Indian Feminism

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Indian FeminismHave you heard the song “sajna ji vari vari” from Honeymoon Travels? Next time you hear it try and concentrate on the words. This song is all about how a woman must give her all to her husband. It shows that her husband is her whole world. If you are a feminist you would really be angered by the words.

Feminism comprises a number of social, cultural and political movements, theories and moral philosophies concerned with gender inequalities and equal rights for women. Feminists have divided feminism’s history into three ‘waves.’ The first-wave refers to the feminism movement of the nineteenth through early twentieth centuries, which dealt mainly with the Suffrage movement. The second-wave (1960s-1980s) dealt with the inequality of laws, as well as cultural inequalities. The third-wave of Feminism (1990s-present) is seen as both a continuation and a response to the perceived failures of the second-wave.

However this bias against women is very prevalent in India. Boys are preferred any day over girls, in all aspects. Even today in many rural areas in India, the families only want a boy child. In fact in some very backward areas female infanticide also takes place. People are so dissatisfied with a girl child that they actually kill them. There have been cases where these new born girl babies have been thrown in the well or drowned in milk. Does this justify the standards set for a civil society?

Pre-colonial social structures and women’s role in them reveal that feminism was theorized differently in India than in the west. Colonial essentialization of “Indian culture” and reconstruction of Indian womanhood as the epitome of that culture through social reform movements resulted in political theorization in the form of nationalism rather than as feminism alone. Historical circumstances and values in India make women’s issues different from the western feminist rhetoric. The idea of women as “powerful” is accommodated into patriarchal culture through religion. This has retained visibility in all sections of society; by providing women with traditional “cultural spaces”. Another consideration is that whereas in the West the notion of “self” rests in competitive individualism where people are described as “born free yet everywhere in chains”, by contrast in India the individual is usually considered to be just one part of the larger social collective, dependent for its survival upon cooperation and self-denial for the greater good.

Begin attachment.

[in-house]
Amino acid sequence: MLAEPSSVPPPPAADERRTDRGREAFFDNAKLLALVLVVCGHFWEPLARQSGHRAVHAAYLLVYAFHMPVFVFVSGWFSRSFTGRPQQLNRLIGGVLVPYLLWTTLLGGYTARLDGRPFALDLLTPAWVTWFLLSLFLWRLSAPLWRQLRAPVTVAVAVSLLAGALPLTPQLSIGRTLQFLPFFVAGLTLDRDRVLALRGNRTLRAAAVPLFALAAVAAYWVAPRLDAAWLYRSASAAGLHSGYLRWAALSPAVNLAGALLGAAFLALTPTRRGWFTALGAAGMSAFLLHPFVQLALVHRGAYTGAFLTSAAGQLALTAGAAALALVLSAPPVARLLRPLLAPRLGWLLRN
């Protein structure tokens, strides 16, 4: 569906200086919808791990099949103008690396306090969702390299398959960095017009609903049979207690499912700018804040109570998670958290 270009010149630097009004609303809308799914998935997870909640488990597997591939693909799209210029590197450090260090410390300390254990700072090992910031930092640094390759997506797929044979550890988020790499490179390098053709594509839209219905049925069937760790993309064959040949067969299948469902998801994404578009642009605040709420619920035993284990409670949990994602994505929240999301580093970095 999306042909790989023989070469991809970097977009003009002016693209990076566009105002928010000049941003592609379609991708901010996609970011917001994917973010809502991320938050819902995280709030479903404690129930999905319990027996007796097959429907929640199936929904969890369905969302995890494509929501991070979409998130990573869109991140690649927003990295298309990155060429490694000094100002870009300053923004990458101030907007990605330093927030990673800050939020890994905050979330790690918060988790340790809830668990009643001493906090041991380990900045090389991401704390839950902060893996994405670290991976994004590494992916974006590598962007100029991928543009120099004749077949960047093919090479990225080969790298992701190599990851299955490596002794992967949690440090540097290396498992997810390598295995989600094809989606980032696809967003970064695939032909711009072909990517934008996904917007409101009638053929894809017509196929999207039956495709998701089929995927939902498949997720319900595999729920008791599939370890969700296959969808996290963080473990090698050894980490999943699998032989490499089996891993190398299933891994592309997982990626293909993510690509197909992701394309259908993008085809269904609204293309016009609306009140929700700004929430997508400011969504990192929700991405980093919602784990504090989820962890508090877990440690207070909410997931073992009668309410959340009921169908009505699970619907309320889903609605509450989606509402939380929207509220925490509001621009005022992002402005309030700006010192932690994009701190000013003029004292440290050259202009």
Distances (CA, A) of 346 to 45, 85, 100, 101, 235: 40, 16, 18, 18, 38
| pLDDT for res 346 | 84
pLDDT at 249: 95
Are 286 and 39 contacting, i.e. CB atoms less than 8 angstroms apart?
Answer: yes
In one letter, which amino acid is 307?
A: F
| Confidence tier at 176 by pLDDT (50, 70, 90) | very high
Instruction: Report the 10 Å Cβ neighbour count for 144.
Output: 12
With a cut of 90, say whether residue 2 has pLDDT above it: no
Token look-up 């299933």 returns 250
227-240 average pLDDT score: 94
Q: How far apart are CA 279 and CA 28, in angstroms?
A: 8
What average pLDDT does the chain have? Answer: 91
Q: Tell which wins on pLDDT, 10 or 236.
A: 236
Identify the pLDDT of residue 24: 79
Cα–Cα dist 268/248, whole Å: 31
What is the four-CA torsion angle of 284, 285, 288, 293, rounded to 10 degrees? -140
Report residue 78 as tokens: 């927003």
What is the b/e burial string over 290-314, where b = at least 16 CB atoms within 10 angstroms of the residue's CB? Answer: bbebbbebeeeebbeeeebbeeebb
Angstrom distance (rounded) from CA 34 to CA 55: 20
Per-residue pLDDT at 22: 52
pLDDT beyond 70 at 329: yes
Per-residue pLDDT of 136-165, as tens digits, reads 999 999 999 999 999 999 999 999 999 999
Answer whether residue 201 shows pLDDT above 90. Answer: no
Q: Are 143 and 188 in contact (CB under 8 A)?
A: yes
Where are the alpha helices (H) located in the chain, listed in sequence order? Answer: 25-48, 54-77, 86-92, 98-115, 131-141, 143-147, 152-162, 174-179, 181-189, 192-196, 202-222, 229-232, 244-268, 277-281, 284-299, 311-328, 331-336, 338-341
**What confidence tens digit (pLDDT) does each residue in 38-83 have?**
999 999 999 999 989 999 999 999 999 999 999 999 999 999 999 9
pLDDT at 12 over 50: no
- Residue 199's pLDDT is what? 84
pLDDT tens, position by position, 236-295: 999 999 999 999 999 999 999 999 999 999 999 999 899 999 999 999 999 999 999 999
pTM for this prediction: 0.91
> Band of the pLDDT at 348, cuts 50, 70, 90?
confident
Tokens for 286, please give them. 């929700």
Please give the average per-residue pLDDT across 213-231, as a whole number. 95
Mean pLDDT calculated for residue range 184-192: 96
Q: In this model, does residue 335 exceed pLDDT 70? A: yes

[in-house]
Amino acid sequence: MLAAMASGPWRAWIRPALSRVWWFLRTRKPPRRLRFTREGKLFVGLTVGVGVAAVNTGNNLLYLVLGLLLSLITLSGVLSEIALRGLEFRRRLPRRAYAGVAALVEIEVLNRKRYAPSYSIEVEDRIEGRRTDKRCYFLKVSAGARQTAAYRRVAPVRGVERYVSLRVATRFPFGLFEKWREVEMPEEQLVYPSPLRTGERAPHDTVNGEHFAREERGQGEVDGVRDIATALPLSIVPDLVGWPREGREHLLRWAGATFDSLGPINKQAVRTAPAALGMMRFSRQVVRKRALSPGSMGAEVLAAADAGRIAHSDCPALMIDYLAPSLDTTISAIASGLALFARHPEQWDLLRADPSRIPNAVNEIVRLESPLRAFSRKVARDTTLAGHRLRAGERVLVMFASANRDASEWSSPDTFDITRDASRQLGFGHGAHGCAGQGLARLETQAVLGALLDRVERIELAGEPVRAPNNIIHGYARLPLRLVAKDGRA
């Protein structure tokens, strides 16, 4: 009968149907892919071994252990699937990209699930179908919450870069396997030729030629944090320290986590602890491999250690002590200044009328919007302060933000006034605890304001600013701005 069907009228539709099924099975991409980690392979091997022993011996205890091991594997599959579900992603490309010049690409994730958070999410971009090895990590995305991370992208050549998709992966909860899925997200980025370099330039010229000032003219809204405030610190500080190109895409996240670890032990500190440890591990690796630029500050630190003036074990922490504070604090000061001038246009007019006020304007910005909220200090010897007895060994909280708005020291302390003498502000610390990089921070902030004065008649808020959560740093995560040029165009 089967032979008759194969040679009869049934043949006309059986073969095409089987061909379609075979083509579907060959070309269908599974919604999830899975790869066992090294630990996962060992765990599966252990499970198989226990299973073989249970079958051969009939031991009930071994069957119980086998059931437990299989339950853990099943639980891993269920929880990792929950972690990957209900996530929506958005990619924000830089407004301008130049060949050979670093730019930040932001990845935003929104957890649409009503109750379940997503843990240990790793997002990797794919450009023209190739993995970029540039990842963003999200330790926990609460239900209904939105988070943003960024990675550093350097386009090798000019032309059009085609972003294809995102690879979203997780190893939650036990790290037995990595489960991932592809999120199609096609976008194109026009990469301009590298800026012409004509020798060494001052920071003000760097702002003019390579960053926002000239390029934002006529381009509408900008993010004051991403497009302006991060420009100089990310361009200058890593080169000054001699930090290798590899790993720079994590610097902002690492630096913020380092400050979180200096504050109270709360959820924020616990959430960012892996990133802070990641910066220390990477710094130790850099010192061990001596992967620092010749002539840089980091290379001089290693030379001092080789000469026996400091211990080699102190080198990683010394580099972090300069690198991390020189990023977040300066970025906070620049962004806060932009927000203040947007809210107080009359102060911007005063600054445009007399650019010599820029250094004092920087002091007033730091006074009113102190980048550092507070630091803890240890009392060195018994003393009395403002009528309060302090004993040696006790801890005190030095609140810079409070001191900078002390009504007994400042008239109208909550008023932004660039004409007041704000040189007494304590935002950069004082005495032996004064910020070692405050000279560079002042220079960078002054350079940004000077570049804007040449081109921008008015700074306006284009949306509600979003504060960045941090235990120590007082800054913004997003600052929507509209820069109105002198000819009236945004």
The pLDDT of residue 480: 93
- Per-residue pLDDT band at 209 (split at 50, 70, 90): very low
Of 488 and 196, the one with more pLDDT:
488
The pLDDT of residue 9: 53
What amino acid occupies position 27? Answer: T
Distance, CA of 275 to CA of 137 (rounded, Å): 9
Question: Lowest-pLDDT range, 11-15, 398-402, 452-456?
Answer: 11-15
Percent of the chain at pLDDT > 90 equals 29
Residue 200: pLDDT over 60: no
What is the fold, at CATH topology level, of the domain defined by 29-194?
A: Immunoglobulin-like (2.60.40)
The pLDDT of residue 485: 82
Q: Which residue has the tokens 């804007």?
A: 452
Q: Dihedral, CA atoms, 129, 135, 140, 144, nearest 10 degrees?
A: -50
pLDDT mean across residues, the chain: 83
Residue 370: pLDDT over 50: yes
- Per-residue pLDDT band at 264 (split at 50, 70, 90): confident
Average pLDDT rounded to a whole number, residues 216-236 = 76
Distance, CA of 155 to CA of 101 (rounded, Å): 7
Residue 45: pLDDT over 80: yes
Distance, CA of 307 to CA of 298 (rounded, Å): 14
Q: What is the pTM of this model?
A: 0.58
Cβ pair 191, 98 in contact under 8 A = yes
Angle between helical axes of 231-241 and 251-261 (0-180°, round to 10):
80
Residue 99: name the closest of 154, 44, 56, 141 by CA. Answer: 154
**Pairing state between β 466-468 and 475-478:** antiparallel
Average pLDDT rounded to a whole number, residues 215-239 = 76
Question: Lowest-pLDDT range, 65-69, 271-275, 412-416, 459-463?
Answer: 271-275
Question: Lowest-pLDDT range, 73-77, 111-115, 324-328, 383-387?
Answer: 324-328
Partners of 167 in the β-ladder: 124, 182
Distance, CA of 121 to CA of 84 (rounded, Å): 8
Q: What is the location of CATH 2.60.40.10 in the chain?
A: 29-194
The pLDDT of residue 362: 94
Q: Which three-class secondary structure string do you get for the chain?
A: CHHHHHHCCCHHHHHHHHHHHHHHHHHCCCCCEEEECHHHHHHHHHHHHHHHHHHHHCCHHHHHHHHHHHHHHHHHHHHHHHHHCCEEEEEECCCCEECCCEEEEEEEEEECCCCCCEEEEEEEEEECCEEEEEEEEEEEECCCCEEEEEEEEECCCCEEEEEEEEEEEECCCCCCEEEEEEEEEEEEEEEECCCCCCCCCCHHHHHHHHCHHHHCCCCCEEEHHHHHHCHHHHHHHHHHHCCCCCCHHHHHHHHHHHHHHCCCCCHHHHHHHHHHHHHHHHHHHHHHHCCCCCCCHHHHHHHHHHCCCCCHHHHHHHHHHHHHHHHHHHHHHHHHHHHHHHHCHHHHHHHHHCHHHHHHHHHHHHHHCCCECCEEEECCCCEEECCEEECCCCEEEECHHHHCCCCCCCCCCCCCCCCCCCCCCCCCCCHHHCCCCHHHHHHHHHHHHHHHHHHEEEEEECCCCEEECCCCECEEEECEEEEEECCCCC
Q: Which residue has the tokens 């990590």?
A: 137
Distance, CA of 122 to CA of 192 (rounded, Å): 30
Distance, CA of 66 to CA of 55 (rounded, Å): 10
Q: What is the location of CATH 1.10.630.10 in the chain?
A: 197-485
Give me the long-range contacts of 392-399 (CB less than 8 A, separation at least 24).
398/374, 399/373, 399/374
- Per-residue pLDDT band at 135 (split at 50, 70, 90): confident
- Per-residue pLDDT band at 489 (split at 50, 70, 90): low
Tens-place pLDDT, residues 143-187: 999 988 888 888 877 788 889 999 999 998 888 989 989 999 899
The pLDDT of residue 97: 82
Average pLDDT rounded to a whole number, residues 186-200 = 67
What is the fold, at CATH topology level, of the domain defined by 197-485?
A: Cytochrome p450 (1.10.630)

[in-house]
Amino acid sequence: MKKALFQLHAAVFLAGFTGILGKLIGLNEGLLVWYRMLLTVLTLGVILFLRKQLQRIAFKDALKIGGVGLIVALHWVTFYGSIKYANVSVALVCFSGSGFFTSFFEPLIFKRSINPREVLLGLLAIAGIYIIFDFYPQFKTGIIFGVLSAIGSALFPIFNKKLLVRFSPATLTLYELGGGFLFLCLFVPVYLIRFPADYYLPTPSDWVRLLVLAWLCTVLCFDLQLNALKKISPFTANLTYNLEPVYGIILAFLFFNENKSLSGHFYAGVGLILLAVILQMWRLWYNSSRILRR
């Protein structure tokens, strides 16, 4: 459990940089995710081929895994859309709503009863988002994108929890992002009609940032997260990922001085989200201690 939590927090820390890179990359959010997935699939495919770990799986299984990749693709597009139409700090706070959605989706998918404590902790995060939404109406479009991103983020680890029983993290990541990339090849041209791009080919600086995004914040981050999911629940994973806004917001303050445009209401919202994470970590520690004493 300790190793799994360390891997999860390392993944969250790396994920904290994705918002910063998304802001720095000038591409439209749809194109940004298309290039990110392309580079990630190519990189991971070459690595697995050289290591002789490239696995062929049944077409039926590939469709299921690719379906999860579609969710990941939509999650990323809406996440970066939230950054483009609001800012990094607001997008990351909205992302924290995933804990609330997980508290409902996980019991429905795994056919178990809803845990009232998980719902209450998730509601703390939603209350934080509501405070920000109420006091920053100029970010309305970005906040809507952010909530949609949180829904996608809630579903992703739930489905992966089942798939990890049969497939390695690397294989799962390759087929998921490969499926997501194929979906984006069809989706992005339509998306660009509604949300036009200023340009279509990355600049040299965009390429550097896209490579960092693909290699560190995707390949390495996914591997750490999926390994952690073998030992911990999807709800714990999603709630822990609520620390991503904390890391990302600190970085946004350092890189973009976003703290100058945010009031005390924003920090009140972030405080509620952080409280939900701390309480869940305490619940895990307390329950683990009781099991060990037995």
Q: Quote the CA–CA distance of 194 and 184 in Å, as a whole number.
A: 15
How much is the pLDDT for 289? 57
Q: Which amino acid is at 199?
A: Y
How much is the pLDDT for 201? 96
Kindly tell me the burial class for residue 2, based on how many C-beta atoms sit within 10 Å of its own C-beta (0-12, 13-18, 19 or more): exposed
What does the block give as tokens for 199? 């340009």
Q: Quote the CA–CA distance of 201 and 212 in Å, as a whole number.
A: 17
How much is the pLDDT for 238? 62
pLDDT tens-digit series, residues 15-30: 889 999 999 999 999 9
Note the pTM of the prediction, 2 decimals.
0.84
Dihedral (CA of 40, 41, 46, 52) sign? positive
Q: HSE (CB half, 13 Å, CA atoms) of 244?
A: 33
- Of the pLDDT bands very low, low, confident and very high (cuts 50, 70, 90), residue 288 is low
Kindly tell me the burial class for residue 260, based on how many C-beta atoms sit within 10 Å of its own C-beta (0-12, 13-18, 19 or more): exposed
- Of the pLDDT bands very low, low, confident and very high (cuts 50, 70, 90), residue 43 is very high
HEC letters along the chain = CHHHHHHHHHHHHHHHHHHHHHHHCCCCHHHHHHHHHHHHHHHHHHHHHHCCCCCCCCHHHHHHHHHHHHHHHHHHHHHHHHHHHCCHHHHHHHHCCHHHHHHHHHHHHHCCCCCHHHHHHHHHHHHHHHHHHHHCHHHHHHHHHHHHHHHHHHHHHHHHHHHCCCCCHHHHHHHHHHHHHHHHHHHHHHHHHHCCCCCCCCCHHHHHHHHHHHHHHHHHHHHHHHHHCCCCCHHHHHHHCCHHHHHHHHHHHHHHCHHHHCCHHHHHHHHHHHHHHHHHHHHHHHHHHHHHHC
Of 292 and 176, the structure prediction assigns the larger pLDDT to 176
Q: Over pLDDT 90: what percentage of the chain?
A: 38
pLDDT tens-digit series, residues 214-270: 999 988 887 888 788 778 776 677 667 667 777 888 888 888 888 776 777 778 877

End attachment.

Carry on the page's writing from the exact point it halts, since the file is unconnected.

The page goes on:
If women are treated so badly in India then why are so many of our Hindu goddesses female? Is it not ironic that on one hand we treat these goddesses with reverence and on the other hand women are not even treated as human beings in society?

When a girl needs to get married, the boy needs to select the girl. And in most families once the girl is not even asked whether she likes the boy. If both have to live with each other then why is only one given a choice? I think if the girl also selects the boy then half the problems people face in marriage will be eliminated.

Many of the women are now working. They have reached every possible professional height at times, are even higher than men. They are more patient and are able to handle more responsibility. Even if a woman is not working she has a full time job as a housewife. She cooks food for the whole family, takes care of the house, handles the children and many more things. Don’t you marvel at those women who work and do all these things? The face is simple. A woman can struggle and work like men in corporate offices but men can never do the kind of house work a woman does. And yet we don’t value the women of our country.

Women in India have reached every possible dimension. They are in no way backward to men. In fact in some fields they can do much more than men can. A woman gives birth to life. Without them the world would not grow.

Anjuri Nayar

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